New Delhi: India’s largest telecom operator Bharti Airtel Ltd on Wednesday said the unit managing its Africa operations is considering a potential initial public offering (IPO).

In a stock exchange filing, Bharti Airtel said the board of Bharti Airtel International (Netherlands) BV has authorized the management to begin non-binding exploratory discussions with banks and intermediaries to evaluate the possibility of a public listing.

“The above discussions are at an exploratory/preliminary stage and at this juncture, there is no certainty of any final decision or outcome," the company added.

Analysts believe an IPO will monetize Bharti Airtel’s Africa operations, at a time when it is engaged in a bruising battle with Reliance Jio Infocomm Ltd in India.

The company, which is locked in a price war since the launch of Reliance Jio in September 2016, was hit hard when the telecom regulator in September decided to slash interconnection usage charges levied by mobile networks handling incoming calls from rival networks. As a result, Bharti Airtel’s quarterly profit plunged 39% to Rs306 crore in the December quarter.

While revenues from India operations fell 11.3% year on year to Rs15,294 crore, the performance of its Africa unit saved some blushes. In constant currency terms, Africa revenues grew by 5.3% year-on-year to $783 million during the quarter compared with $744 million a year ago. This was largely led by strong growth in data and Airtel money transaction value.

“They have made Africa business profitable; so, the (company’s) plan is to get value out of it. In most markets in Africa, they are either number one or number two, so the valuation of Africa business will be attractive," a Mumbai-based analyst said on the condition of anonymity.

The company’s aggregate customer base in Africa too increased from 84.1 million as of December end from 76.9 million in the corresponding quarter last year, an increase of 9.4%. It offers 3G services and Airtel Money across 14 countries in Africa and 4G services in four countries in the continent.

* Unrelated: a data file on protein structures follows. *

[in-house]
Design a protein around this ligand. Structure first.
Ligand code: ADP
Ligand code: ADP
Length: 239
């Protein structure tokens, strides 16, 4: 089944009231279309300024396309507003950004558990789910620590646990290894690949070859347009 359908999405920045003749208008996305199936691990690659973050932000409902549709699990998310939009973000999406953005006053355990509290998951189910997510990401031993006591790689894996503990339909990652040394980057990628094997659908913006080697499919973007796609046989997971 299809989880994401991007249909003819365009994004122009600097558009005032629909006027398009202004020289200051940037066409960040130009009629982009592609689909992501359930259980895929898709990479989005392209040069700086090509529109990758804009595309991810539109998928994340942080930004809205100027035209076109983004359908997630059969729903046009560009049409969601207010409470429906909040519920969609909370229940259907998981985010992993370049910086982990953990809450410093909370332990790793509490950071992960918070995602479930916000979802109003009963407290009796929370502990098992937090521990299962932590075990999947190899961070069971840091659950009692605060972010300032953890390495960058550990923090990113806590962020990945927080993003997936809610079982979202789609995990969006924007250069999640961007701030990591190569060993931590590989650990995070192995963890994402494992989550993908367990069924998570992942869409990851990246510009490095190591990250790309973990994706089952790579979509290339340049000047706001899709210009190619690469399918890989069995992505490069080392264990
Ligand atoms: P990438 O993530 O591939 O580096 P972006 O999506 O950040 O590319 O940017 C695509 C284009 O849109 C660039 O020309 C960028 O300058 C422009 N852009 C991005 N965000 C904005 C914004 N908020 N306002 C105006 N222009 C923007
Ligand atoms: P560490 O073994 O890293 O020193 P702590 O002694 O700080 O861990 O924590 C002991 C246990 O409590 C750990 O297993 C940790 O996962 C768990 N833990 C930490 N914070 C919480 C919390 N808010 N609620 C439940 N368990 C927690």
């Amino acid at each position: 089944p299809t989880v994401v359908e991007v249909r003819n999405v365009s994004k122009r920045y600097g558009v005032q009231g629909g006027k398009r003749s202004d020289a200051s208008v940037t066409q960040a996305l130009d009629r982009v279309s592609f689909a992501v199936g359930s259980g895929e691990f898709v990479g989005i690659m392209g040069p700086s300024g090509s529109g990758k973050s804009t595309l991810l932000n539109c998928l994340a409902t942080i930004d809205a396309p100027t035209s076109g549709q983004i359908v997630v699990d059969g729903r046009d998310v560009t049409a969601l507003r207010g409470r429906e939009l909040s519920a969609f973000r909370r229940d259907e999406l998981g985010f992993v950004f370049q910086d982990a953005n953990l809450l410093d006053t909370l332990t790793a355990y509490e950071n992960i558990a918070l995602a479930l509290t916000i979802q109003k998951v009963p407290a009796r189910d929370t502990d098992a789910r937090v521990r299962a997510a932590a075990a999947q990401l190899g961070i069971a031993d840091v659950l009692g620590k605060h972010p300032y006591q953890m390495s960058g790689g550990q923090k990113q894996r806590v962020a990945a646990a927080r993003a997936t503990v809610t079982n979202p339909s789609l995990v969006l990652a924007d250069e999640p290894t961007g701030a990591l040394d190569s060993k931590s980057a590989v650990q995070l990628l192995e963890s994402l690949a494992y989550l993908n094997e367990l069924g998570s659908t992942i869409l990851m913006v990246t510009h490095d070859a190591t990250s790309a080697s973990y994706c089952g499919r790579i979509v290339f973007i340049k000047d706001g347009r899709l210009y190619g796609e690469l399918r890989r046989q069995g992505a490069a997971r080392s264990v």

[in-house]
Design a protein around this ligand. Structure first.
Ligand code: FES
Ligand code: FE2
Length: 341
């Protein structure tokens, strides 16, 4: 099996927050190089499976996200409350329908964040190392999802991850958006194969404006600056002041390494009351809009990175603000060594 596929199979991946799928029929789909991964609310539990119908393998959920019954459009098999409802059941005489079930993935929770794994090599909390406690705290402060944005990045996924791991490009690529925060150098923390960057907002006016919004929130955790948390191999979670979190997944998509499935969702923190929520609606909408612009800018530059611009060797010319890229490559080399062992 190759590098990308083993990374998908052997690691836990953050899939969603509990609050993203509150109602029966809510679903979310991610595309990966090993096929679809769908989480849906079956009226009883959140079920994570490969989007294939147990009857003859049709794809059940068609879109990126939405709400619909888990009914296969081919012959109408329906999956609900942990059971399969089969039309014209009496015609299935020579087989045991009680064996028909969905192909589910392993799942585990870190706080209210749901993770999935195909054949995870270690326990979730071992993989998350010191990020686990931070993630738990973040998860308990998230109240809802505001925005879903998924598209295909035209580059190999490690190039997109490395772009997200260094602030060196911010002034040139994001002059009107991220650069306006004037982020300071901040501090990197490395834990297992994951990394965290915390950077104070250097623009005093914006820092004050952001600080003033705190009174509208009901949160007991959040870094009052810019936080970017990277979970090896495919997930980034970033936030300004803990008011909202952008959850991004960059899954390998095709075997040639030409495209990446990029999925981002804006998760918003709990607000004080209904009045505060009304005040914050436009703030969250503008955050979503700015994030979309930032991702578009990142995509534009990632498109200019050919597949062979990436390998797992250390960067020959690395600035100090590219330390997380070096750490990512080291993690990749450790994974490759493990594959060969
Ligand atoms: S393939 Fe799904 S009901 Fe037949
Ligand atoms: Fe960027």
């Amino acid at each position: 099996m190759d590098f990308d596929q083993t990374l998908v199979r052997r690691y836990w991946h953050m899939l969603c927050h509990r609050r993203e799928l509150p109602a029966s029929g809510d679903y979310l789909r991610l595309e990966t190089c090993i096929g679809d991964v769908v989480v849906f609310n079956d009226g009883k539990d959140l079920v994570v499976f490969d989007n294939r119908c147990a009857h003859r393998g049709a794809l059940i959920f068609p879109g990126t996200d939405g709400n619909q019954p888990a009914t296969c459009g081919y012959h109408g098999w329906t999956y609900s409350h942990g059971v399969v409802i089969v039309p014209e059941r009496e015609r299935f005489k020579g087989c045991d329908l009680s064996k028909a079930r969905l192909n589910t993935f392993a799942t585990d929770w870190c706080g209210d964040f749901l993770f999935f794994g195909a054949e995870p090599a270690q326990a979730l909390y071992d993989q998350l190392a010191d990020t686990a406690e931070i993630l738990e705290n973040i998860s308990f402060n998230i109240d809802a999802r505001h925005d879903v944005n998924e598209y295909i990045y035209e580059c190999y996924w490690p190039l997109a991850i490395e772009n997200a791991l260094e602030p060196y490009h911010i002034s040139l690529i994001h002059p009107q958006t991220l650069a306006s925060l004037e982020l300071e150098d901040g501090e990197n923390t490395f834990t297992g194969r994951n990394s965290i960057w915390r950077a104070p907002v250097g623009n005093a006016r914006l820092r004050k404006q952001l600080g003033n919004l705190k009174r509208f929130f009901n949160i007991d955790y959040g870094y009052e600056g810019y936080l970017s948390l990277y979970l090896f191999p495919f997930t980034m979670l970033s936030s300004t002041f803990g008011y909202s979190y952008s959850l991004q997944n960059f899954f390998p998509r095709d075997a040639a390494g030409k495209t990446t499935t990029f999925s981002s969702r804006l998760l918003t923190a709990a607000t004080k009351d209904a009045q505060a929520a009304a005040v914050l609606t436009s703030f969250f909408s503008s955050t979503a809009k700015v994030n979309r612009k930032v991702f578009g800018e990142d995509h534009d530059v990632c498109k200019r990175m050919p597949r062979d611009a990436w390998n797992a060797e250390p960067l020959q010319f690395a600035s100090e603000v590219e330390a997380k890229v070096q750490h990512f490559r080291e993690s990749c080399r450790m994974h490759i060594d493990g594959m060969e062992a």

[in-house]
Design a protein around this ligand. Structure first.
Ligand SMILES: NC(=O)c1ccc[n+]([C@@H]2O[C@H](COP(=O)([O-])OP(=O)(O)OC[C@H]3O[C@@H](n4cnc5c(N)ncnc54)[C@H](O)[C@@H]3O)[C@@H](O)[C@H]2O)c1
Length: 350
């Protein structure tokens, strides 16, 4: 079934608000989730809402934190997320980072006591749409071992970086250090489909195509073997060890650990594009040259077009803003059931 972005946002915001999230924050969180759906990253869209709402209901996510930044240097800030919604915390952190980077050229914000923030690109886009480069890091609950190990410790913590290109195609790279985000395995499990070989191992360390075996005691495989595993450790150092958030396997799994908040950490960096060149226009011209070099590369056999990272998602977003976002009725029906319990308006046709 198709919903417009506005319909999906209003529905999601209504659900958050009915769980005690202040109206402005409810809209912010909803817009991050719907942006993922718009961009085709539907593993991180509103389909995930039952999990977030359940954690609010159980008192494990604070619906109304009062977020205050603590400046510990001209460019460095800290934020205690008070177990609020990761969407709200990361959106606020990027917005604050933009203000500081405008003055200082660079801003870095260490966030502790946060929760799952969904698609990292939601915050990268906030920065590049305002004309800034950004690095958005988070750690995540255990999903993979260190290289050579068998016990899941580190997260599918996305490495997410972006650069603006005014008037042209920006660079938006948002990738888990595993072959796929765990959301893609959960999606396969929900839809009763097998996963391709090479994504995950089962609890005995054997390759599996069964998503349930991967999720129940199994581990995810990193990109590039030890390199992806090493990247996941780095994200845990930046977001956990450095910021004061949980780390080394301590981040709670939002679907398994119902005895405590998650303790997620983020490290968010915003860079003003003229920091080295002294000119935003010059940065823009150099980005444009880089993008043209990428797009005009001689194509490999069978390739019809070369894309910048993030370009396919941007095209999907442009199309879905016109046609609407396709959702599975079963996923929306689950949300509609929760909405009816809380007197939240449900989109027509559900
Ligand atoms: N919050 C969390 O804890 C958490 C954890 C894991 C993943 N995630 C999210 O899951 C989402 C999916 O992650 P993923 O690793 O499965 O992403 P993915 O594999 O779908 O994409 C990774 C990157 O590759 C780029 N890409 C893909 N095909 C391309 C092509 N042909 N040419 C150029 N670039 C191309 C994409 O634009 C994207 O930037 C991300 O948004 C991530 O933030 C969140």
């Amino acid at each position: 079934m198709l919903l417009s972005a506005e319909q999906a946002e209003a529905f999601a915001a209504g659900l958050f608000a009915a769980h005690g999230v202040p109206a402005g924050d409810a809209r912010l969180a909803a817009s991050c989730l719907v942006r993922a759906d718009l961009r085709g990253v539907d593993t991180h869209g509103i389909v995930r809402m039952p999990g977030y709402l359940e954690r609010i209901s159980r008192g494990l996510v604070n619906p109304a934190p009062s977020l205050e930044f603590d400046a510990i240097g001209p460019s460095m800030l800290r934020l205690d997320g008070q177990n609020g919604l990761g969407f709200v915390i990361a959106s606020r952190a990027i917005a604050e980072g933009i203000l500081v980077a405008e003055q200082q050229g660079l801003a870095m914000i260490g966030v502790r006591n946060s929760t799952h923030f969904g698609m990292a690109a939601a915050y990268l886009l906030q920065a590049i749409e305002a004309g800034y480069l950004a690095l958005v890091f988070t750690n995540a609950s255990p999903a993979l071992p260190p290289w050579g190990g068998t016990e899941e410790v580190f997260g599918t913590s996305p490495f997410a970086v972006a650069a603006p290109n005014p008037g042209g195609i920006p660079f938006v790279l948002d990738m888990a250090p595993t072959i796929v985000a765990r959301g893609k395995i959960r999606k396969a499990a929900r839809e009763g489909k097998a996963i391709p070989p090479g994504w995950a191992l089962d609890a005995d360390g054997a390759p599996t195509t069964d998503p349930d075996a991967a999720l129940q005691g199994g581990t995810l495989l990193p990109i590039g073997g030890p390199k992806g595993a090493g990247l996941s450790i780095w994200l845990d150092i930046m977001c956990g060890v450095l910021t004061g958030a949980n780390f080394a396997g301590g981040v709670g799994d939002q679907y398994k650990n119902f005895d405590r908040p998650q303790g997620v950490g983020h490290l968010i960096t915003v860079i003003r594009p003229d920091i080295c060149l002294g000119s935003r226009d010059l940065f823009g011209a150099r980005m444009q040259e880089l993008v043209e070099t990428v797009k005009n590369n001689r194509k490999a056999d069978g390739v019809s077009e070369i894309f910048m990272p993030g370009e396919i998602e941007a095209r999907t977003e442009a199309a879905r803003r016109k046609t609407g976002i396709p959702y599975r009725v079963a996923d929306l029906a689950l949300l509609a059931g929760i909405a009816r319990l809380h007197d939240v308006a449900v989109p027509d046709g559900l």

“With sustained competitive pressure from Jio, Bharti Airtel’s EBITDA is expected to see further decline for the next few quarters. If their net debt to EBITDA ratio goes beyond three times, it could risk the chance of a rating downgrade. The valuation of Africa business may insulate the company from a potential rating downgrade," the analyst cited above said.

Bharti Airtel entered Africa in 2010 when it purchased Zain’s operations in the continent for $10.7 billion. Over the past few years, it has been trying to capture the African market through local deals. It has made three small-ticket acquisitions in Uganda, Congo Brazzaville and Kenya.

In October, Airtel inked a deal with Millicom, which operates the brand Tigo, to combine their operations in Ghana. After this deal, in December, Airtel’s subsidiary in Rwanda announced the acquisition of Tigo Rwanda Ltd, making Airtel the second largest telecom firm in that country.

“Airtel has taken proactive steps in Africa to consolidate and realign the market structure in the last few remaining countries where its operations are lagging on account of lower market share and presence of too many operators," Bharti Airtel chairman Sunil Bharti Mittal said in a statement on 19 December.

“We are also committed to the long-term viability of our operations in Kenya and Tanzania, to ensure that in 2018, all our 15 operations in Africa start contributing positive margins and cash flows towards a healthy and profitable Airtel Africa," Mittal had said then.

In India too, the company is taking steps to reduce debt. On 5 February, the company announced that Singapore Telecommunications Ltd (Singtel) will indirectly raise its stake in Bharti Airtel by investing Rs2,649 crore in Bharti Telecom Ltd, the promoter company of Airtel, through a preferential allotment of shares. The money will be used to reduce debt.

Bharti announced in December that it, along with another group entity, will sell a combined 20% in its DTH arm Bharti Telemedia Ltd to private equity firm Warburg Pincus for $350 million.

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